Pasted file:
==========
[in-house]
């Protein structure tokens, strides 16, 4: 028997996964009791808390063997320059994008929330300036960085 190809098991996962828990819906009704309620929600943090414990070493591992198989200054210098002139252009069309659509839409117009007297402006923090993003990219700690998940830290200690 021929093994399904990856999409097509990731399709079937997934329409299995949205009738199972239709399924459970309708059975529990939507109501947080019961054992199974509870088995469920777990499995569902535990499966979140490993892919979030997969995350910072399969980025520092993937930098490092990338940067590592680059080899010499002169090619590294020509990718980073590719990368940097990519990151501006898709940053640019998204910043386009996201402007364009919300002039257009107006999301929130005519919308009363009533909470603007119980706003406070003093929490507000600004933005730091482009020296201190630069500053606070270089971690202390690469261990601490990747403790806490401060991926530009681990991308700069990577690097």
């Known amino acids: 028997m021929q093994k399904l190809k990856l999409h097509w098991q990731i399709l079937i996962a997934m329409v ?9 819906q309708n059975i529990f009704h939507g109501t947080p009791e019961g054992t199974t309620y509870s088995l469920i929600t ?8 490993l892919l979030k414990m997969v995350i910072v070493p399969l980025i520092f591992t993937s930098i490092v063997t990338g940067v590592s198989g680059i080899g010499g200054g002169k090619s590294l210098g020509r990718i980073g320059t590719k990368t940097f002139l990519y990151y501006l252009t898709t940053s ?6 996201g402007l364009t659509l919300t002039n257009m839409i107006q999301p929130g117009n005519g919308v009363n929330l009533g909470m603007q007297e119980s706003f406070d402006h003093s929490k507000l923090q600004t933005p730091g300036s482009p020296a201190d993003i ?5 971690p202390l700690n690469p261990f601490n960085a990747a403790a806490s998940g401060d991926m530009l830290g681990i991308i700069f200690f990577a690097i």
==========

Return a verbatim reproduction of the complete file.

[in-house]
């Protein structure tokens, strides 16, 4: 028997996964009791808390063997320059994008929330300036960085 190809098991996962828990819906009704309620929600943090414990070493591992198989200054210098002139252009069309659509839409117009007297402006923090993003990219700690998940830290200690 021929093994399904990856999409097509990731399709079937997934329409299995949205009738199972239709399924459970309708059975529990939507109501947080019961054992199974509870088995469920777990499995569902535990499966979140490993892919979030997969995350910072399969980025520092993937930098490092990338940067590592680059080899010499002169090619590294020509990718980073590719990368940097990519990151501006898709940053640019998204910043386009996201402007364009919300002039257009107006999301929130005519919308009363009533909470603007119980706003406070003093929490507000600004933005730091482009020296201190630069500053606070270089971690202390690469261990601490990747403790806490401060991926530009681990991308700069990577690097």
């Known amino acids: 028997m021929q093994k399904l190809k990856l999409h097509w098991q990731i399709l079937i996962a997934m329409v ?9 819906q309708n059975i529990f009704h939507g109501t947080p009791e019961g054992t199974t309620y509870s088995l469920i929600t ?8 490993l892919l979030k414990m997969v995350i910072v070493p399969l980025i520092f591992t993937s930098i490092v063997t990338g940067v590592s198989g680059i080899g010499g200054g002169k090619s590294l210098g020509r990718i980073g320059t590719k990368t940097f002139l990519y990151y501006l252009t898709t940053s ?6 996201g402007l364009t659509l919300t002039n257009m839409i107006q999301p929130g117009n005519g919308v009363n929330l009533g909470m603007q007297e119980s706003f406070d402006h003093s929490k507000l923090q600004t933005p730091g300036s482009p020296a201190d993003i ?5 971690p202390l700690n690469p261990f601490n960085a990747a403790a806490s998940g401060d991926m530009l830290g681990i991308i700069f200690f990577a690097i």